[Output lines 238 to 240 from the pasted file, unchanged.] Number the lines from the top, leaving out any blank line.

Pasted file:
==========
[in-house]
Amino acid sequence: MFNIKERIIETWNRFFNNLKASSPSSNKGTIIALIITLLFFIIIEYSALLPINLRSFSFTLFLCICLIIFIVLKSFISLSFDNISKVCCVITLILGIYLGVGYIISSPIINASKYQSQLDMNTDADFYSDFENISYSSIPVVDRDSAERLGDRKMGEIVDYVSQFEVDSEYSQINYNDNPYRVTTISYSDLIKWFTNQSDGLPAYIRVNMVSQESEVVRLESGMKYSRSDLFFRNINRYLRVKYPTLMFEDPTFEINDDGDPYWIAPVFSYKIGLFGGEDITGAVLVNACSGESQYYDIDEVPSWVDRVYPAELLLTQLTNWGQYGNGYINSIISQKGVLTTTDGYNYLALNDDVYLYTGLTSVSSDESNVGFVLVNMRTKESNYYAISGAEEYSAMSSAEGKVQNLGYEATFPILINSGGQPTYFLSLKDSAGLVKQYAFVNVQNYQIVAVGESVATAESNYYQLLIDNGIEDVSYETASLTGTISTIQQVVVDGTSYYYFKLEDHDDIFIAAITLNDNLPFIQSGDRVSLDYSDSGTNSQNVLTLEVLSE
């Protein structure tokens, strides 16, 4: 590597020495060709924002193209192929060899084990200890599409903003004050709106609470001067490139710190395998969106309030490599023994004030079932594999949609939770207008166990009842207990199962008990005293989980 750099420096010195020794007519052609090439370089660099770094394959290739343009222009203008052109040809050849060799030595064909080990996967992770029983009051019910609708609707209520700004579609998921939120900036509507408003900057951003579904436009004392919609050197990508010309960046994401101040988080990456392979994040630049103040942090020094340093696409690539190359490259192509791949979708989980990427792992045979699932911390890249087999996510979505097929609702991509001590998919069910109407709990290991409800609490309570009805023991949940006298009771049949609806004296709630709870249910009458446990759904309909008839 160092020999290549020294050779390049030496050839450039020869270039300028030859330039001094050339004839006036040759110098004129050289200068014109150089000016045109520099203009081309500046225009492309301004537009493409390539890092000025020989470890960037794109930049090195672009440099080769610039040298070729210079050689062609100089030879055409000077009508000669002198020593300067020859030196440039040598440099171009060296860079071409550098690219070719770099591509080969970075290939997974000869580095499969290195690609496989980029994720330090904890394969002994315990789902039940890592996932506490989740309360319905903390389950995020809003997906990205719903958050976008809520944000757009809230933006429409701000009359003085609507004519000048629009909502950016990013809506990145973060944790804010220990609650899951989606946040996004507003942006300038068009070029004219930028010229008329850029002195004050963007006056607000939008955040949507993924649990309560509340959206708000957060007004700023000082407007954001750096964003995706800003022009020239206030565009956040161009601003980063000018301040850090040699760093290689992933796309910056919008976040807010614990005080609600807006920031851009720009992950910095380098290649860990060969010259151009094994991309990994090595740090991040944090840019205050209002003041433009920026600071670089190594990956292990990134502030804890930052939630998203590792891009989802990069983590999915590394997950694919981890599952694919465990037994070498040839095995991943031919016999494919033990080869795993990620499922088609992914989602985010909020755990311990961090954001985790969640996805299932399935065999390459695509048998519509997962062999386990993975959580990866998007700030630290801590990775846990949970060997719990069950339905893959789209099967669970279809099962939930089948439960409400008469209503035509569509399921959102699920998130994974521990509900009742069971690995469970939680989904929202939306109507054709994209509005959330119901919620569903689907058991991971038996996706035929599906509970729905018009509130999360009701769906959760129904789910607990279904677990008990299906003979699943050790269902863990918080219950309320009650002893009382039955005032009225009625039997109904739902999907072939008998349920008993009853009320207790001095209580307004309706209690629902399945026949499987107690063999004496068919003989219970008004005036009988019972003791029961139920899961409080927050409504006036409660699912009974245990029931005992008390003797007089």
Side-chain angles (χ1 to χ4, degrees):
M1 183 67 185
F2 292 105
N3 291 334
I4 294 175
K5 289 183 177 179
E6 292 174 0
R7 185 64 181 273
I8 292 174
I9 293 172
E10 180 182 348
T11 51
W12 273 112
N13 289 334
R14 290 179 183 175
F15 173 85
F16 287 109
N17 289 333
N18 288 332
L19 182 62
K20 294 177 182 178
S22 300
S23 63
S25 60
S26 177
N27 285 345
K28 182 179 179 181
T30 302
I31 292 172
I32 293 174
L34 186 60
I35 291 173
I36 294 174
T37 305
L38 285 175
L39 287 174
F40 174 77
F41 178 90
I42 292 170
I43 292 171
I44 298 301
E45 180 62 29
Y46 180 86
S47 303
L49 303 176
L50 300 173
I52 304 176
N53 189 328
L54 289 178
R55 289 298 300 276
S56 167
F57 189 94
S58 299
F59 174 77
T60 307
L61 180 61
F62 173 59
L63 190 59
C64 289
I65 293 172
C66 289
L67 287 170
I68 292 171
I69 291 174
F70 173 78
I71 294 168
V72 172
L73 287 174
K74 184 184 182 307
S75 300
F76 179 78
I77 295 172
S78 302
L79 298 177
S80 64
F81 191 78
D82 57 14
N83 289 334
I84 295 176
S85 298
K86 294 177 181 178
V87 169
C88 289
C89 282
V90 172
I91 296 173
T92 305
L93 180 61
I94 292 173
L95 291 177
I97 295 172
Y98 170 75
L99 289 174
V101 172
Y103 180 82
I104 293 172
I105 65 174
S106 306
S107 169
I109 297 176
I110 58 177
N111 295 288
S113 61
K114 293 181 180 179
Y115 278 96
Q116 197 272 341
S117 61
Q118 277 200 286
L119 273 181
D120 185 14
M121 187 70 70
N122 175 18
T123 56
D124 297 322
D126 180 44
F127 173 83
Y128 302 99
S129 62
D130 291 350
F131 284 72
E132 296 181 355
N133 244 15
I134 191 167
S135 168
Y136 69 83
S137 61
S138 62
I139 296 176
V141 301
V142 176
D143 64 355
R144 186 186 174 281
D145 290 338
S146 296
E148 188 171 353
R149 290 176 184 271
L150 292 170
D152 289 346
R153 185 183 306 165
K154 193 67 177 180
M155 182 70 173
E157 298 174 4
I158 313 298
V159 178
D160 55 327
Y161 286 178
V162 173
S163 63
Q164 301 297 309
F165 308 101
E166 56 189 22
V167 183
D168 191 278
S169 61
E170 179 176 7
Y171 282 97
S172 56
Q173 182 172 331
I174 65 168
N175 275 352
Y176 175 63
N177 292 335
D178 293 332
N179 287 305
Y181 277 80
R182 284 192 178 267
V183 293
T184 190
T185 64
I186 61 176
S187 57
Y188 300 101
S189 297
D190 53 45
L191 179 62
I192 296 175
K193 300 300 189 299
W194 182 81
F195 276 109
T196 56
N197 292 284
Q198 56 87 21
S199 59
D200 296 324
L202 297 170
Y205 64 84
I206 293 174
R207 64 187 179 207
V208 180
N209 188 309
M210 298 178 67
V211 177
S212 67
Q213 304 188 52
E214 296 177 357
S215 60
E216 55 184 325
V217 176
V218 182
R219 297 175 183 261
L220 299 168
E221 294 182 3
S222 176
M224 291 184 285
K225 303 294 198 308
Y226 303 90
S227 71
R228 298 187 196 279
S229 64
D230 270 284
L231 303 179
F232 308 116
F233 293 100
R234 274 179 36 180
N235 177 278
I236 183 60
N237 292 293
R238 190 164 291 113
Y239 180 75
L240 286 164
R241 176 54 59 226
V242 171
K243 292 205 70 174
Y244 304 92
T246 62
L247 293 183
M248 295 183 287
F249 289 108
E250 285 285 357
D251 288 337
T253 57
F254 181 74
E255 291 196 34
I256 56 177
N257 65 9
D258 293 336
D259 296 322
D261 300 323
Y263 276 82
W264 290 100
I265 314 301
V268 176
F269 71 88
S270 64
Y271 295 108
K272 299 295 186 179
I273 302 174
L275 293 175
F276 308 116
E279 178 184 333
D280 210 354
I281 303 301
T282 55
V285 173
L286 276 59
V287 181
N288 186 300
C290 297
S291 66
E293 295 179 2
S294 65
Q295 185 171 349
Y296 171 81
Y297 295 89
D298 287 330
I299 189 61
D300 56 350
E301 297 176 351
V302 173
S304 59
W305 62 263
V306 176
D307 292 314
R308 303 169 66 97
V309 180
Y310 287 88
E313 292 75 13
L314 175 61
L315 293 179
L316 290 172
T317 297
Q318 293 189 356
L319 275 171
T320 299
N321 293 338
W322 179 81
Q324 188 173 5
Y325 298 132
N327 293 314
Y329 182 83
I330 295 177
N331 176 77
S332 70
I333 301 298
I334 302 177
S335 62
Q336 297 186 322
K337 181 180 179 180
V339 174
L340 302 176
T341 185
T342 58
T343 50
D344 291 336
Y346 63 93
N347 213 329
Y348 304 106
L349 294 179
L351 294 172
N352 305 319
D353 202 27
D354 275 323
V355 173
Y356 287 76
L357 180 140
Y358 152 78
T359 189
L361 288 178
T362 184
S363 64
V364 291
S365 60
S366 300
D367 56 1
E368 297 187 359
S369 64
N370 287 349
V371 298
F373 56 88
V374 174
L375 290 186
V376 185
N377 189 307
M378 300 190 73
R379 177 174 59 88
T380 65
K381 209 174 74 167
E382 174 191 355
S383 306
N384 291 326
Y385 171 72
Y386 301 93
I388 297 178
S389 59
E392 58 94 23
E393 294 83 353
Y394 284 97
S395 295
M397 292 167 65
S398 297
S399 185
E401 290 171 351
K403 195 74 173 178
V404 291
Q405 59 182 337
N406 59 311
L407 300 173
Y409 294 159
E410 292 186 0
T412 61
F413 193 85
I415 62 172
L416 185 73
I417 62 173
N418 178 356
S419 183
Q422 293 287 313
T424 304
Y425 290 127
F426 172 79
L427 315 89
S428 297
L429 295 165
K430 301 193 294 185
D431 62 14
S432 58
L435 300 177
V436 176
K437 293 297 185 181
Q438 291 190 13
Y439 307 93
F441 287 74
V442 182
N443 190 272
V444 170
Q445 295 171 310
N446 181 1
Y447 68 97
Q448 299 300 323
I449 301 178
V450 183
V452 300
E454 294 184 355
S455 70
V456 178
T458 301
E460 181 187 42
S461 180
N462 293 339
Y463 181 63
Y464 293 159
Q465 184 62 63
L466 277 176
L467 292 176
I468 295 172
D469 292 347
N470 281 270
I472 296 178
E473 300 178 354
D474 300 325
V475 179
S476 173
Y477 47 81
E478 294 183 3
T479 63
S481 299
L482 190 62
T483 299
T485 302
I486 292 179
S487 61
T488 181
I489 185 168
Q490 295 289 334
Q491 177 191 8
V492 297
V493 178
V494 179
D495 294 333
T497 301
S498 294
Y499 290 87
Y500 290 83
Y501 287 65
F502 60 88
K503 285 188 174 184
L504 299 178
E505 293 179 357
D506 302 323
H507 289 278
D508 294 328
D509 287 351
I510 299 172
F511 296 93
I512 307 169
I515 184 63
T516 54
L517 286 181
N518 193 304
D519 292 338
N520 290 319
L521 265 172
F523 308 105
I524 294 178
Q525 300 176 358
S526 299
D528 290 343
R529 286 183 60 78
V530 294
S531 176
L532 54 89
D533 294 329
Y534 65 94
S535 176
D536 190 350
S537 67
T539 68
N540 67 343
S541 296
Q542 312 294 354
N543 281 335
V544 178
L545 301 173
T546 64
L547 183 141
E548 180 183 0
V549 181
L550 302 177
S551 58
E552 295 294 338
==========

N257 65 9
D258 293 336
D259 296 322